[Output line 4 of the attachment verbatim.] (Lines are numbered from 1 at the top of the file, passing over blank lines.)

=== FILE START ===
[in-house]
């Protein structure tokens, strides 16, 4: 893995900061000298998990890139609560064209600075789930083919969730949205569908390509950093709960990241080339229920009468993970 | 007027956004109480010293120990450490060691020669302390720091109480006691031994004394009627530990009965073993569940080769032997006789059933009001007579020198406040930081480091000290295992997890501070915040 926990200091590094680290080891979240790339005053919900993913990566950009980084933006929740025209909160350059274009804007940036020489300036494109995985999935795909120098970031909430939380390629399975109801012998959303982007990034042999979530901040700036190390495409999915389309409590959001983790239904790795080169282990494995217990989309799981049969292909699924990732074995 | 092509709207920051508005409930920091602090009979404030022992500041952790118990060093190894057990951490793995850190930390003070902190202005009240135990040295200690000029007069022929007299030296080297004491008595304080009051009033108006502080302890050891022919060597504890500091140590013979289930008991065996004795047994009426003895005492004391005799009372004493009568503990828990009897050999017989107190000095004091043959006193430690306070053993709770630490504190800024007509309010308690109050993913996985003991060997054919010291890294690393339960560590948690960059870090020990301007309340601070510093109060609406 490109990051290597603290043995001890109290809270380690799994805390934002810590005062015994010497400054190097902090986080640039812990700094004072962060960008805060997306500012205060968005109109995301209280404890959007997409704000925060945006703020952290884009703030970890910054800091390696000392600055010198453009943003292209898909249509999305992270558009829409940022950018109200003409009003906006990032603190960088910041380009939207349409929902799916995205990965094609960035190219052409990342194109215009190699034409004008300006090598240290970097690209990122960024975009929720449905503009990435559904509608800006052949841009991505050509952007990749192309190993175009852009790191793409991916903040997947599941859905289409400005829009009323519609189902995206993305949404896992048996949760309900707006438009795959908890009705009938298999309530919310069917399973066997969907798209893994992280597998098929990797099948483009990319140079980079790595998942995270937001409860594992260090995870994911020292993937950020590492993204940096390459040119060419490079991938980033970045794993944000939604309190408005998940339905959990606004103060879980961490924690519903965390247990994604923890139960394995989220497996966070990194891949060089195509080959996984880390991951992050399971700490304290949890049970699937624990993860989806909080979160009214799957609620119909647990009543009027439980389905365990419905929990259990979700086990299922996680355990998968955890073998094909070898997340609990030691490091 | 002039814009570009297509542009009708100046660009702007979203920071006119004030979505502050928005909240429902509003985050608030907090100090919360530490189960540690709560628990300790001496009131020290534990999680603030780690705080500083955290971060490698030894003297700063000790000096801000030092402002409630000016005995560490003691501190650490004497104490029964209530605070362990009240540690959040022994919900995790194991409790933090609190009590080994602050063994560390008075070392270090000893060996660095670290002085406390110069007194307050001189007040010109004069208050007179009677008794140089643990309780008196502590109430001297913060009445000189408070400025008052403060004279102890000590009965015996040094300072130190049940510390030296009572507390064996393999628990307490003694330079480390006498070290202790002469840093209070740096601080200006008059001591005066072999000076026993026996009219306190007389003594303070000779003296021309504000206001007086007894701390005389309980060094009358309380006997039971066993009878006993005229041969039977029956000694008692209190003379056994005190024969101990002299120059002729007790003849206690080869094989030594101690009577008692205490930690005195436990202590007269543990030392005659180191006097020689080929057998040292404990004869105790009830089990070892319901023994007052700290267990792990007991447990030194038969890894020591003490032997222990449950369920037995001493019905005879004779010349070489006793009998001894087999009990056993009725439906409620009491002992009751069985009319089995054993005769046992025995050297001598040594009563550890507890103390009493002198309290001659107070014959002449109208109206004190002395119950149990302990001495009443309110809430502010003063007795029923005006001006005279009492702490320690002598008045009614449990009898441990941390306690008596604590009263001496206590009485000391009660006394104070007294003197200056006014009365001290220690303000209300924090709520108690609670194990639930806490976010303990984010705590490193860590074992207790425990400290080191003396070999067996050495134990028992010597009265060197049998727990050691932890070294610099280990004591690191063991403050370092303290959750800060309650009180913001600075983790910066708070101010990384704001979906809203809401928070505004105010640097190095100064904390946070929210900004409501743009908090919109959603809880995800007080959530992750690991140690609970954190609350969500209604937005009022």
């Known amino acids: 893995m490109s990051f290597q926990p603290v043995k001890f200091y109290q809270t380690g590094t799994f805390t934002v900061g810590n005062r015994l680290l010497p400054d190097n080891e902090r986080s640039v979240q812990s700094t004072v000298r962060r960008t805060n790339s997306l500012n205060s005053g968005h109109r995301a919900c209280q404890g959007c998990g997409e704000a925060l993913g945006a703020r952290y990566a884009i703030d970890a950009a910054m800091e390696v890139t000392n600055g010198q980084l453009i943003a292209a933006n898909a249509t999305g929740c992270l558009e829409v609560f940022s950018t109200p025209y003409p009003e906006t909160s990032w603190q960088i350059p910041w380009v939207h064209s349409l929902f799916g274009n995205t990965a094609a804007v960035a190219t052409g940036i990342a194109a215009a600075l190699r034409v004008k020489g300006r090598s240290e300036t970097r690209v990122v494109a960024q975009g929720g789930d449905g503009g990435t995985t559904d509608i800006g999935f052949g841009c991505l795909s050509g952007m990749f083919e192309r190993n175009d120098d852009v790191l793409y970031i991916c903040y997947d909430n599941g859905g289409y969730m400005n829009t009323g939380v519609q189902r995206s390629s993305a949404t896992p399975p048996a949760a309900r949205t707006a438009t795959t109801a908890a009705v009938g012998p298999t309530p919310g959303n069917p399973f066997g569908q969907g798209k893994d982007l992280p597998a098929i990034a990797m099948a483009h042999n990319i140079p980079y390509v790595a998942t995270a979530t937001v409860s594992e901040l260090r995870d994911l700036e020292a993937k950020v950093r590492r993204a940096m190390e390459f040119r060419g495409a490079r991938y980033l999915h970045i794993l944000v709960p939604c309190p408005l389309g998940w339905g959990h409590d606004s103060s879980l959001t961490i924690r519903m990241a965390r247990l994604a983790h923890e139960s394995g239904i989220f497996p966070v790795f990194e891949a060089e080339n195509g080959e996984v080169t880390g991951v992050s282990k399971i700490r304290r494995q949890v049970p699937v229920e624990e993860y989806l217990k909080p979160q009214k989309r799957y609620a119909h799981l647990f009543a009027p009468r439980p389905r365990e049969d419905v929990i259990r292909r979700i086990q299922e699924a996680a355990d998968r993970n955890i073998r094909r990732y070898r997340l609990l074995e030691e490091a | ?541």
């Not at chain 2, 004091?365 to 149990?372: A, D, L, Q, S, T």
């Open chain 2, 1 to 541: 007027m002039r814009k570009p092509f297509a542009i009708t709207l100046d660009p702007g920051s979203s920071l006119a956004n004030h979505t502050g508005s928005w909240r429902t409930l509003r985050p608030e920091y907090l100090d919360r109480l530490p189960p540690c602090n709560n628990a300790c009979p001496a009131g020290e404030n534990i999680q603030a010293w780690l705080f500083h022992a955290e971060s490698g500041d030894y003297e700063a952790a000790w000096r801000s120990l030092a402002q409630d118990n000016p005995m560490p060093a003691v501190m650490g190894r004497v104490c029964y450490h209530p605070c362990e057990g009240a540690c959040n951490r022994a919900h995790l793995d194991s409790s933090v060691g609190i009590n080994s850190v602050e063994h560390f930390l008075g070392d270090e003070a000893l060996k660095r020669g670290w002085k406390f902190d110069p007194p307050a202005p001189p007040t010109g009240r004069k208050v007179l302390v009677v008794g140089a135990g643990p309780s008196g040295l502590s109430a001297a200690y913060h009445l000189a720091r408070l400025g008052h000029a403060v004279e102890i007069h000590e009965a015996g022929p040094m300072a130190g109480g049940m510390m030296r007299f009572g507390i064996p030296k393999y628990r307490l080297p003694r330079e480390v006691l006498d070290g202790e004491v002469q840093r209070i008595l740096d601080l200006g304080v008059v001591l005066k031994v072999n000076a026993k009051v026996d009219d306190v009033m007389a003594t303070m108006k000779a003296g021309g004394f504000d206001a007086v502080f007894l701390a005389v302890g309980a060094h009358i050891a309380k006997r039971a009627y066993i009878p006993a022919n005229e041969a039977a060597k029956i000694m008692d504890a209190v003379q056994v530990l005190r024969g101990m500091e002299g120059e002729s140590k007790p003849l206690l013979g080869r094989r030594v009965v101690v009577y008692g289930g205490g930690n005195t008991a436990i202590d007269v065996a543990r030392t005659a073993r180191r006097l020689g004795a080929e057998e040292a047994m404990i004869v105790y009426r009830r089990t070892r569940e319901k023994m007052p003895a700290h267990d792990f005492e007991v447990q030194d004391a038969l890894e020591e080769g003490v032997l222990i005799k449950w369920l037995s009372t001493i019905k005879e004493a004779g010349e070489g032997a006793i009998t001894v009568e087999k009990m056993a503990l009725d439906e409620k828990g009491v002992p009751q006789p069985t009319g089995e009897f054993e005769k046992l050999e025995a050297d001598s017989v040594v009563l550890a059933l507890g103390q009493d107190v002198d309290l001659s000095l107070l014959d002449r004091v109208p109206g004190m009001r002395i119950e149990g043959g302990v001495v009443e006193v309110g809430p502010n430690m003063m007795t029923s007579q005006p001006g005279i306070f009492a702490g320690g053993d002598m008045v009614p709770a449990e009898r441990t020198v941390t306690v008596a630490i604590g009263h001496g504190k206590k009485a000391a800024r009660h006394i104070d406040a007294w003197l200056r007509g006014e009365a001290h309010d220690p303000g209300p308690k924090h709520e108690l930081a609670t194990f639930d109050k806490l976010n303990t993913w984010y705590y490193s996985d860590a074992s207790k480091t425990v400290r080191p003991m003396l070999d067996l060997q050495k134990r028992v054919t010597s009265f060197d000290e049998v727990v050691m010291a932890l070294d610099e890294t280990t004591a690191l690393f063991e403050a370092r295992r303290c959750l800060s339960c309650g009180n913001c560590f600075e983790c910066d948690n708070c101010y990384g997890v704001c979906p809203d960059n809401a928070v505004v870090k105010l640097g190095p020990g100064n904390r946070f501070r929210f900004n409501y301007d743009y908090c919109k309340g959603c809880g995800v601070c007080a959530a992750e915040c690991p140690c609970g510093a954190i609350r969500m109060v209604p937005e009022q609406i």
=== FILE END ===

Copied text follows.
């Not at chain 2, 004091?365 to 149990?372: A, D, L, Q, S, T």